Urquhart, EA; Hoffman, MJ; Murphy, RR; Zaitchik, BF (2013). Geospatial interpolation of MODIS-derived salinity and temperature in the Chesapeake Bay. REMOTE SENSING OF ENVIRONMENT, 135, 167-177.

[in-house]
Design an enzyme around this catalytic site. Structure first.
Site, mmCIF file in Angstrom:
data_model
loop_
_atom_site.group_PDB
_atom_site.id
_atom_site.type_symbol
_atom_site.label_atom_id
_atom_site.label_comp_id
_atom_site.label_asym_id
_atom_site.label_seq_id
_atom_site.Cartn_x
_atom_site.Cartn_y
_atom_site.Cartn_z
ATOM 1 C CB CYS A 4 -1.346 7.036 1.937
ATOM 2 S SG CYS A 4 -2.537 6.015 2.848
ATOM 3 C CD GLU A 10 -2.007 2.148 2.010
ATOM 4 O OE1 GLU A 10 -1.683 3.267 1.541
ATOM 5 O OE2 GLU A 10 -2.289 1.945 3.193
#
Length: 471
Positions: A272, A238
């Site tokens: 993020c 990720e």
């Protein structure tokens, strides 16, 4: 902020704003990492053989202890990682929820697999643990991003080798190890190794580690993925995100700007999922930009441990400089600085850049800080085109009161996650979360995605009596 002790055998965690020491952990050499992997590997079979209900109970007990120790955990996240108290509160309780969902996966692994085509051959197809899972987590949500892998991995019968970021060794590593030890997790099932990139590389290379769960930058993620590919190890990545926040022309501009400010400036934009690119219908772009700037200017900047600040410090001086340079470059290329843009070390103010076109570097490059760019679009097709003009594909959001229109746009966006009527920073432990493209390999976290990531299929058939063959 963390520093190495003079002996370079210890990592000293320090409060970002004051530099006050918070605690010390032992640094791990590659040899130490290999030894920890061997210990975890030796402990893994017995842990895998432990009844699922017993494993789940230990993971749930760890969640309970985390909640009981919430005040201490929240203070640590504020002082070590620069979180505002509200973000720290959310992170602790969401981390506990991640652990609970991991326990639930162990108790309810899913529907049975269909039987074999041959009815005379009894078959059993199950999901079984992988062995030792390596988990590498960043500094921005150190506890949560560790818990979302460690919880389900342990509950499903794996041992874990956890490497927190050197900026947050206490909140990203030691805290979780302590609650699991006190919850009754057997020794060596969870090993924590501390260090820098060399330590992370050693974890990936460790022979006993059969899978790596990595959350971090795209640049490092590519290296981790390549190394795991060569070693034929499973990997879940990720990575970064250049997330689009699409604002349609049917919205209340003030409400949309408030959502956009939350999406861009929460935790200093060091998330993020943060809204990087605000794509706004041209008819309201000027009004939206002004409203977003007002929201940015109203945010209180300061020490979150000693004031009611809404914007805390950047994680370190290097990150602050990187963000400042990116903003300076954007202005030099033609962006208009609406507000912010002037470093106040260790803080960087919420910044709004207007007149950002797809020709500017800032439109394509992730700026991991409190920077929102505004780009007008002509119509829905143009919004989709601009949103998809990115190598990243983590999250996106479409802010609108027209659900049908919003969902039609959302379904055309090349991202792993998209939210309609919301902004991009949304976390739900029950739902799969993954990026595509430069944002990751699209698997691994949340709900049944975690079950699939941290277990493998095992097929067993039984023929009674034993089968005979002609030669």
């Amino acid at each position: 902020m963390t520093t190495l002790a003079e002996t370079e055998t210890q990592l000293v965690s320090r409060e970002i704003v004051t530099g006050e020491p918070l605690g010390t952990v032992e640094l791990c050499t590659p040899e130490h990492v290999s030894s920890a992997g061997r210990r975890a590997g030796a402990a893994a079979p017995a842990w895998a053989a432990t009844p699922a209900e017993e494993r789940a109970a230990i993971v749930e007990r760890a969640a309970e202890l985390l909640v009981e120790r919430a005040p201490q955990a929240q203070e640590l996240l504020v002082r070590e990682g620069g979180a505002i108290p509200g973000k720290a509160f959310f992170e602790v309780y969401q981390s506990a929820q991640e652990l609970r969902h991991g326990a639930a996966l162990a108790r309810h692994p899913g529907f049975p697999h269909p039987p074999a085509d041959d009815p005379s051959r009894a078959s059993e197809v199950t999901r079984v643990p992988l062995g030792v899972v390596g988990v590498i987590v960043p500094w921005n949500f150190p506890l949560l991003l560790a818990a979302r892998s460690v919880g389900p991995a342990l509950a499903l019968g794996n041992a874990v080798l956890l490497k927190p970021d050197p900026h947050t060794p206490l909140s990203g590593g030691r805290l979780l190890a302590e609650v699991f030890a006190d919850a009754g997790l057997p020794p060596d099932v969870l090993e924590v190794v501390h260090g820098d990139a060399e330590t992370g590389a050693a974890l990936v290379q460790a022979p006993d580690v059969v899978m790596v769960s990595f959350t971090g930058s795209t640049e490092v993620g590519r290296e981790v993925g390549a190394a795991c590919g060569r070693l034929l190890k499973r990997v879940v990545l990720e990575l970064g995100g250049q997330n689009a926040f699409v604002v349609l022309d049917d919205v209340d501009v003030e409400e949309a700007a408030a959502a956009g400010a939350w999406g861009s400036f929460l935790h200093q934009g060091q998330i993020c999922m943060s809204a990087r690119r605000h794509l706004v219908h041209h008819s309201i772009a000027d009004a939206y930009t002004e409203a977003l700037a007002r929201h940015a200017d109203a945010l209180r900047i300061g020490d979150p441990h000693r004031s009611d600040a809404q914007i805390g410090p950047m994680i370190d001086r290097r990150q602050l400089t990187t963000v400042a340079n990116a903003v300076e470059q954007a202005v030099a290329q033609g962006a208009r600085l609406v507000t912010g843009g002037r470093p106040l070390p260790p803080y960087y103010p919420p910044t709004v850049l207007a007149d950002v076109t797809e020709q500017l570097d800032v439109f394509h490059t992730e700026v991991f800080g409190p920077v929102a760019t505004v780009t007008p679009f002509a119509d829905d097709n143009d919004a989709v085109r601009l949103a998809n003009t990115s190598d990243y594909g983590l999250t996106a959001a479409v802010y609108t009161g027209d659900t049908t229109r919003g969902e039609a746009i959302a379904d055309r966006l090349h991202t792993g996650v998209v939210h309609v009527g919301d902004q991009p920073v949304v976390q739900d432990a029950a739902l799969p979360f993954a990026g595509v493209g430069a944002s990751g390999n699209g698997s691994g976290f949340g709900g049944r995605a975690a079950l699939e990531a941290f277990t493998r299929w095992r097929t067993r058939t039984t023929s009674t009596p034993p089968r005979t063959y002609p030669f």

In dynamic coastal systems such as the Chesapeake Bay, limited coverage and frequency of in situ measurements often makes generalizability of regional forecasting systems difficult Satellite-derived environmental variables have the potential to address this problem, but satellite datasets suffer from incomplete coverage as well: atmospheric conditions-most notably cloud cover-lead to data gaps that significantly hinder the broad application of satellite-informed predictions. In this study, the Chesapeake Bay estuary was used as a model "test bed" to which we applied the power of near real-time satellite-derived observations to the issue of water quality monitoring. To use remote sensing in support of spatially complete estimates of salinity and temperature in the Bay, we tested geospatial interpolation techniques as a method for filling gaps and minimizing errors in the satellite record. These interpolated values were then compared to the output of a regional hydrodynamic model in order to assess the relative value of each method for generating inputs into various modeling applications. Results show that MODIS-derived salinity and temperature can be interpolated with acceptable accuracy in the Bay, with a mean absolute error of 1.88 psu and 0.60 degrees C. These errors differed systematically from ChesROMS errors both spatially and seasonally, with higher errors for salinity and lower errors for temperature at most sampling stations throughout the year. This suggests that the two techniques offer complementary information that can be applied to ecological monitoring systems in complex estuaries like Chesapeake Bay. (C) 2013 Elsevier Inc. All rights reserved.